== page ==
Post: #7
RE: Maui and Lanai
Something that I want to add to this is about a robbery that happen about two months ago to a friend that works at the Waikiki Marriott. His name is George and he is a valet attendant. We talk about cars and fishing mostly. During the Pro Bowl, there was a lot of sports stars that stayed at the Marriott and most of them rented many of the high end cars such as Lamborghini and Ferrari,you know,expensive cool cars.
Getting back to the robbery. A customer gave him their ticket and he grabs the keys and starts to run across the street after he hit the alarm button on the key fob.That unlocked the doors and turned on the lights of the rental car but he had to wait for the traffic to clear before crossing the road.
In the meantime, a homeless man was hiding behind the cars in the valet parking lot behind my building. He slide into the backseat of the rental car and wrapped his arm around my friends neck and demanded his tips and wallet. George actually panic and bolted out of the car and screaming his head off. He didn't know if the guy had a knife or gun and was very scared.
The homeless guy tried to make a stand but several other attendants rushed to my friends aid. The guy then takes off down the street towards us and another buddy I was talking to near Kalakaua. The man runs right up to us with all these guys chasing him and my buddy just cold-cocks the guy to the ground and holds him there to the ground until the police arrive.
As it turns out,the guy was drunk but admitted to police that he's done this before and never hurt anyone. He was from upstate Washington and got into a lot of trouble up there and the state of Washington bought him a one way ticket to Hawaii before winter started there.Now we are going to have to house and feed this guy in our prison system plus he becomes a resident of Hawaii in the meantime. That is one big crappy deal for the residents of Hawaii to put up with. This state's budget is already in trouble and now we have other states adding to our existing problems.
So our homeless issues are very complicated to say the least.In spite all that, this is still the best place to raise a family by far.
Look at the mainland, there is a country right to it that has a very violent war going on that has spilled out into the streets of America. Plus we have a president that wants to legalize these folks that slipped past our security,across our border and we know zip about them. Many of them are hardcore criminals and we are going to give them a free blank check to our homes and access to our children? The process has already begun and we as people of this country can't stop this process. We are given labels the minute we raise our voices and told how wrong we are for seeing or thinking what we see is true. Press 1 for English, give me a F%KN^%G break! I'm sorry,if it quacks like a duck and walks like a duck,chances are it is a duck! We base our thinking and responses by what we see and what we experience.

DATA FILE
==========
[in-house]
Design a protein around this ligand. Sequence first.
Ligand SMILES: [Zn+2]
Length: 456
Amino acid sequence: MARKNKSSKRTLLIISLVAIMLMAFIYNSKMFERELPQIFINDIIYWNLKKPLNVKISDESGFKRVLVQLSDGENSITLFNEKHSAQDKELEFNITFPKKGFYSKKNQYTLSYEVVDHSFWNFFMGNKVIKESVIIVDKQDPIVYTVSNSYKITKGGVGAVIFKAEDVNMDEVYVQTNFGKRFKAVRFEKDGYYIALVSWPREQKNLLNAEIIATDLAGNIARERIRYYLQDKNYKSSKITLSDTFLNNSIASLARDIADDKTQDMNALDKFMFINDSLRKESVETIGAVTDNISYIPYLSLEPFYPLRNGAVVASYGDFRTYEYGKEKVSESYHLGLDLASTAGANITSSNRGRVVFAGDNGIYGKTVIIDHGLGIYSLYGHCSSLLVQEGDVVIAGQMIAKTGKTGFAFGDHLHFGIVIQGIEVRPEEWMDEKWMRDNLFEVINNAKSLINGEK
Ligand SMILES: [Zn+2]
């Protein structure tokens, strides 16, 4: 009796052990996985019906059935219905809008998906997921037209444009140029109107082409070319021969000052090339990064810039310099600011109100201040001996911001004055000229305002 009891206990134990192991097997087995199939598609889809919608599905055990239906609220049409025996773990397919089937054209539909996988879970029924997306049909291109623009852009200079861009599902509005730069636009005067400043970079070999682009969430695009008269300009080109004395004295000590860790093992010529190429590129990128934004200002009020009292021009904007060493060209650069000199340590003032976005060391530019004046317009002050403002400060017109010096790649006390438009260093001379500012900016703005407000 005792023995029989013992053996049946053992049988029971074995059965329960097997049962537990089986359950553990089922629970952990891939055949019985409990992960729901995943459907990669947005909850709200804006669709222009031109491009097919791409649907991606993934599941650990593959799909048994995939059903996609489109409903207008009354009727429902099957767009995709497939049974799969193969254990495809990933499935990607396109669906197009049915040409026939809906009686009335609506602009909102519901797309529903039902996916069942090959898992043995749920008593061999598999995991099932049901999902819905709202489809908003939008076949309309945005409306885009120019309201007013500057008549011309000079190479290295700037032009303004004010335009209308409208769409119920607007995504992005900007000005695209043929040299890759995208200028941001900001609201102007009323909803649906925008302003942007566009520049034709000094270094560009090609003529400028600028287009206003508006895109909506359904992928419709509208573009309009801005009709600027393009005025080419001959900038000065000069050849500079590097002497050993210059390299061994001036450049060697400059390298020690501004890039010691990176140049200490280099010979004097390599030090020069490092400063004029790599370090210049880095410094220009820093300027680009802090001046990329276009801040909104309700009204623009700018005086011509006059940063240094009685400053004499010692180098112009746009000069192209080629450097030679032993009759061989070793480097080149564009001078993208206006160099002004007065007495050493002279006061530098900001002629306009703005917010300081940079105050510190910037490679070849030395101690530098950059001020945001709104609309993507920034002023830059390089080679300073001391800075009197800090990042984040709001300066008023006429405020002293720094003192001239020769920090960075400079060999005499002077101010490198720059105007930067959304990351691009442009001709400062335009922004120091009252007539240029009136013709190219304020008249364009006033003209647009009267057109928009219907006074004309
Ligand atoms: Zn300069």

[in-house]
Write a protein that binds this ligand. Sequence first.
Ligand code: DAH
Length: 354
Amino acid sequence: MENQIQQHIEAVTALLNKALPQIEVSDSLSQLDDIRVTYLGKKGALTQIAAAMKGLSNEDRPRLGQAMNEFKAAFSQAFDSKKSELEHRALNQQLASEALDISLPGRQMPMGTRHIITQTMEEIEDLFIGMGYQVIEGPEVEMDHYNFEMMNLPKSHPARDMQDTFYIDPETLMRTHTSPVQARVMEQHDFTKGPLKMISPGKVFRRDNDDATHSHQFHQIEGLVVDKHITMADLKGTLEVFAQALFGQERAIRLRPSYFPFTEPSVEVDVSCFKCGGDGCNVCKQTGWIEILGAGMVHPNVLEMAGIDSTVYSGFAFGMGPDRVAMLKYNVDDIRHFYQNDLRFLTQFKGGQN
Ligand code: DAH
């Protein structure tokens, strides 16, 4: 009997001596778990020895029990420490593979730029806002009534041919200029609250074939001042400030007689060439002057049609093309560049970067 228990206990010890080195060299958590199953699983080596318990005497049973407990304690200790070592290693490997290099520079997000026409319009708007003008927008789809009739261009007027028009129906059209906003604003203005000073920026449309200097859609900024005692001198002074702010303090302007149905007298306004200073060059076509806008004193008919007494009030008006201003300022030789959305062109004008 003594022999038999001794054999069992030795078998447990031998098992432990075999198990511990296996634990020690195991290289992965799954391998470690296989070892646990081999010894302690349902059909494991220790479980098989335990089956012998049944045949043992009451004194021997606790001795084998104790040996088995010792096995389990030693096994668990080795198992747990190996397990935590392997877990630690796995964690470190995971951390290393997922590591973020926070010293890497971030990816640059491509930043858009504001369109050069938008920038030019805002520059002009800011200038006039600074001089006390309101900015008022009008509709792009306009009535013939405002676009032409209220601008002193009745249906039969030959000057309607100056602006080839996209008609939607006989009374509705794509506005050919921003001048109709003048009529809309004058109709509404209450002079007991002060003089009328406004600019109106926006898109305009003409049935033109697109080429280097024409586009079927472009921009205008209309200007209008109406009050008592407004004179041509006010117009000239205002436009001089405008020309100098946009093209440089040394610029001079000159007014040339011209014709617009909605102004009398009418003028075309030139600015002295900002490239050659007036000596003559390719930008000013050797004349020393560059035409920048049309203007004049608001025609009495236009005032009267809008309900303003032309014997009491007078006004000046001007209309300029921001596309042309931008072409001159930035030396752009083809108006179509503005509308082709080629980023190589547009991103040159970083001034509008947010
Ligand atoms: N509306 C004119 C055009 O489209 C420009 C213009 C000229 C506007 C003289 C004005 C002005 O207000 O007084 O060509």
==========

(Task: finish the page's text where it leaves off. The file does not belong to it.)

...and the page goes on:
If that isn't a good reason to move to Hawaii alone, I don't know what is? Even our schools are now better than the mainland. We changed our schools here and won the "Race to the top" program and now get $75 million dollars pumped into our public schools now. My son is in kindergarten and his class just got five new Mac computers.My kids are showing us how to find apps that we didn't know about.
As you read this, I want you to think about why Hawaii is the number one state to raise a family now and almost number one in every other category. We have the least amount of gun violence and the best police force in the country. That is what makes this state number one. On the other hand, this is one of the few places in the world that has tsunamis every year it seems. I'm still trying to get use to that one,lol.
Saigontodd Find all posts by this user
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04-19-2011, 03:44 AM
Post: #8
RE: Maui and Lanai
Wow, that is a lot to take in. I agree with what you're saying. I can't believe Washington would just ship him off there. I had no idea those kind of actions were taking place!!! And I may have felt bad for these particular homeless people. And I get a lot of them are taking advantage of the system. Its a hard call to make. DO you help them, or walk away cuz they'll most likely get something form someone else. I remember spending a vacation in San Diego, my friend and I decided to go clubbing. And we parked our car and went to like 4 different bars and clubs. While walking around we came upon a homeless woman. She was very over weight and in a wheel chair. She asked us for money and said she was so hungry so I gave her $10. My friend and I went on with our evening, and hours later we were walking back to our car, and the homeless woman came upon us again asking for money, and said she was starving, I was like, Hello don't you remember me? I gave you money a couple of hours ago. She was like oh right thank you. And went on her way. I don't know I felt cheated. I guess that's how they make a living, mooching off people. And reading about your experience is sad, and I know not all of them take advantage. But the ones that do are frustrating...To say the least.
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04-19-2011, 04:43 AM
Post: #9
RE: Maui and Lanai